"It was interesting because this celebration of coming of age in schools for nine-year-old girls was something that we didn't have in my time," Khosrovani recalled. "It was a new invention of the Islamic Republic for the schools. I saw some clips of it and I thought it's interesting how they celebrate the transition into adulthood for religious duties. When you get to the age of nine, you have to fulfill all the religious duties and responsibilities of an adult woman.
"I was thinking it's very early for a little girl, as her body is still not a woman's body. Then I did an interview with girls aged nine and I collected them, but I thought it wasn't not enough to make a film. So with the passing of time, when they became teenagers, I went back to them and did a casting. I chose two girls who are cousins in two different families, very symbolically, like two poles of the Iranian society.
"Somehow in all my films it's about the idea of the relationship between power and an individual, religion and the individual, censorship and self-censorship. This is my main challenge. The same thing happens in Radiograph of a Family."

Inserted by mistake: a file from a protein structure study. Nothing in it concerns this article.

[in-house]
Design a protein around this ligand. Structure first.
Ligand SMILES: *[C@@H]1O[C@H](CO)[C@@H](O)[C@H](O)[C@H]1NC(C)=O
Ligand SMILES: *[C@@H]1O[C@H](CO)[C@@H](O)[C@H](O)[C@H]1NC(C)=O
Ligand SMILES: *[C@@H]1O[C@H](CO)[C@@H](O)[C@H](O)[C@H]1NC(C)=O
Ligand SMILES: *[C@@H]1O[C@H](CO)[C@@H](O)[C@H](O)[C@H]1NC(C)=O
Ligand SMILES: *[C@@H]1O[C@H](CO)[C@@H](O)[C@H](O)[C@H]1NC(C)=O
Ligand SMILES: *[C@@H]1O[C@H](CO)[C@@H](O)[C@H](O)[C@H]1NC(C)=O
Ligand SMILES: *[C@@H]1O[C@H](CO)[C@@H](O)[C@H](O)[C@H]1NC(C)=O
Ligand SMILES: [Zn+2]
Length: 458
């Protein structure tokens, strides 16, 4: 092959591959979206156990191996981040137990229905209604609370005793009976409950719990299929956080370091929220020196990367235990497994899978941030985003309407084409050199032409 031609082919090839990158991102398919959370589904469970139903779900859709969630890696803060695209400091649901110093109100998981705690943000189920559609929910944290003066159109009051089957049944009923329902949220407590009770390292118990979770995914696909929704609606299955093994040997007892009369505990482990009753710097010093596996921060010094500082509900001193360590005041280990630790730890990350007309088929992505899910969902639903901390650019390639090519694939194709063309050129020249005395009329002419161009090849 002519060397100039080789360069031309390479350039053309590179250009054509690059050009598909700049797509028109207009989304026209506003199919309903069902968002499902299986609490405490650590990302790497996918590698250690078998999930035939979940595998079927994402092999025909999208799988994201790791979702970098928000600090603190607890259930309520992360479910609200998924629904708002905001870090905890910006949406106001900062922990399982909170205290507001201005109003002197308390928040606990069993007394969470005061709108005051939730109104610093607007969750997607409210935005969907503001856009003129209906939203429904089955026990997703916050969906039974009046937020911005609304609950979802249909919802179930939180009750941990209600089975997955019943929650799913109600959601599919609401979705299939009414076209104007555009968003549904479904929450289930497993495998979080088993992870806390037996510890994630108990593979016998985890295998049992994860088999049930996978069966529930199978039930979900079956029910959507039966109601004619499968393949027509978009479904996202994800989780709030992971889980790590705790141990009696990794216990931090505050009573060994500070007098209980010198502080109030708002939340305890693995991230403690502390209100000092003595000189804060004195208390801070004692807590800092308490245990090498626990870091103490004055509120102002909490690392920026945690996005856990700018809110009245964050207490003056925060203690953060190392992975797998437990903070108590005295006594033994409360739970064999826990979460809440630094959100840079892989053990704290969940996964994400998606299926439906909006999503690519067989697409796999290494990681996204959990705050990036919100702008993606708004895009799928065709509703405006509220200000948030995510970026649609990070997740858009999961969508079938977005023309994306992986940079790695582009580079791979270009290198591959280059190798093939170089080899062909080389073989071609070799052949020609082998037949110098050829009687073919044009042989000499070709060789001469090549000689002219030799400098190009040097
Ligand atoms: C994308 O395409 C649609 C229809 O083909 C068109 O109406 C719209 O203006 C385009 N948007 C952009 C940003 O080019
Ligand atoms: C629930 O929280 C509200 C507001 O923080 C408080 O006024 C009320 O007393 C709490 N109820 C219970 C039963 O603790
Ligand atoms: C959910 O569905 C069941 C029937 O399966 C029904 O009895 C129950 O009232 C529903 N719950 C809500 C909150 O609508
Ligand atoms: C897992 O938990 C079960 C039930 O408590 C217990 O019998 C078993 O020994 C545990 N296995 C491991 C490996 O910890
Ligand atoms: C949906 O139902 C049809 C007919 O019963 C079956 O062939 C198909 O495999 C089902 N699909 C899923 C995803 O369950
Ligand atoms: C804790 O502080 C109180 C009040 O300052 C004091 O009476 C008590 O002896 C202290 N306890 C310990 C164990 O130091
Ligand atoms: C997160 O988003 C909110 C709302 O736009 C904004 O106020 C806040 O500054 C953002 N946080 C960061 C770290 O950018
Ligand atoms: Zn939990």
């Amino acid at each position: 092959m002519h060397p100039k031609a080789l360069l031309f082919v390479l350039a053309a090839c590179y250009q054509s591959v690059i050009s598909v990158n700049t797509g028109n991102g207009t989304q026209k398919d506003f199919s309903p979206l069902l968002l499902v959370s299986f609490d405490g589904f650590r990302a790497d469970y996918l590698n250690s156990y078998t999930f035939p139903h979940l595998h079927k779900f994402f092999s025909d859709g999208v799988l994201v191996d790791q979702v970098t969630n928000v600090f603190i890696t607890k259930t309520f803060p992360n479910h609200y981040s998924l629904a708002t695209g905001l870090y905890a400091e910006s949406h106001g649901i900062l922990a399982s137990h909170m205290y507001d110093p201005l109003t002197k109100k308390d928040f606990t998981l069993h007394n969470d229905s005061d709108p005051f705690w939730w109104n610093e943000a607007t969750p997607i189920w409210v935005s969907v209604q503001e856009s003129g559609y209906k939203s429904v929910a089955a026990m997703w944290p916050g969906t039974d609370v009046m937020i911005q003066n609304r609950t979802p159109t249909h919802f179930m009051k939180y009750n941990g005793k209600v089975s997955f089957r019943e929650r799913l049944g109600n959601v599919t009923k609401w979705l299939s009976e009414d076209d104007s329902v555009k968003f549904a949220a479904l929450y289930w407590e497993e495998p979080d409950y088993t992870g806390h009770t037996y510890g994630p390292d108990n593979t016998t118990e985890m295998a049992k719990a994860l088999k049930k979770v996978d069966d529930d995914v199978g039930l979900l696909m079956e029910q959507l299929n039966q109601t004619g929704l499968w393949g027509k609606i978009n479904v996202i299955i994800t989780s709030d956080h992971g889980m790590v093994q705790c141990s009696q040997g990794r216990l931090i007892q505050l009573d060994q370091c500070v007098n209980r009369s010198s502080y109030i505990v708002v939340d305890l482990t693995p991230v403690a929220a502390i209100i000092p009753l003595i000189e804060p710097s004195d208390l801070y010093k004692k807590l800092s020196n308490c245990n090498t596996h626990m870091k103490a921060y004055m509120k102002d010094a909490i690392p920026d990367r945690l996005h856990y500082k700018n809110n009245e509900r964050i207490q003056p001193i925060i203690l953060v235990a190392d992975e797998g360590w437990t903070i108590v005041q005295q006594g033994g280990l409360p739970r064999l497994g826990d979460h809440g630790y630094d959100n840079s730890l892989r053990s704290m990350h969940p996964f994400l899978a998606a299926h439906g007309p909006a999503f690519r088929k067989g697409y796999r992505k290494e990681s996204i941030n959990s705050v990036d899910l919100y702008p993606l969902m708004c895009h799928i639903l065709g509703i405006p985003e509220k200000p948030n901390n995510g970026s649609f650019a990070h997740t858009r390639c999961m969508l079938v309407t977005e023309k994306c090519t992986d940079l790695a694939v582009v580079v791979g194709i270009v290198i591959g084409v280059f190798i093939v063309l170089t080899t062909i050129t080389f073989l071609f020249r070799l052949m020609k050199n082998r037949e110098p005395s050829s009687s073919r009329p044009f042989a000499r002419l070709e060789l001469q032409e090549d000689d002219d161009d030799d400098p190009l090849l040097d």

Torn between two realities
This was cue for Cohn to move the conversation to Khosrovani's new film.
"Your parents really began their life outside of Iran. Your father was training in Europe as a radiologist, and embracing the more Western, secular way of living and realized what the joys are of that," she said. "You made a stylistic jump here and re-created this world of your parents through a very fragile process. And memory is always tricky."
Khosrovani replied: "It's based on my childhood memories. My mother went through the family albums and she ripped out all the images she thought were inappropriate after the Revolution, and that's where the core concept comes from: torn-up pictures, a torn-up family.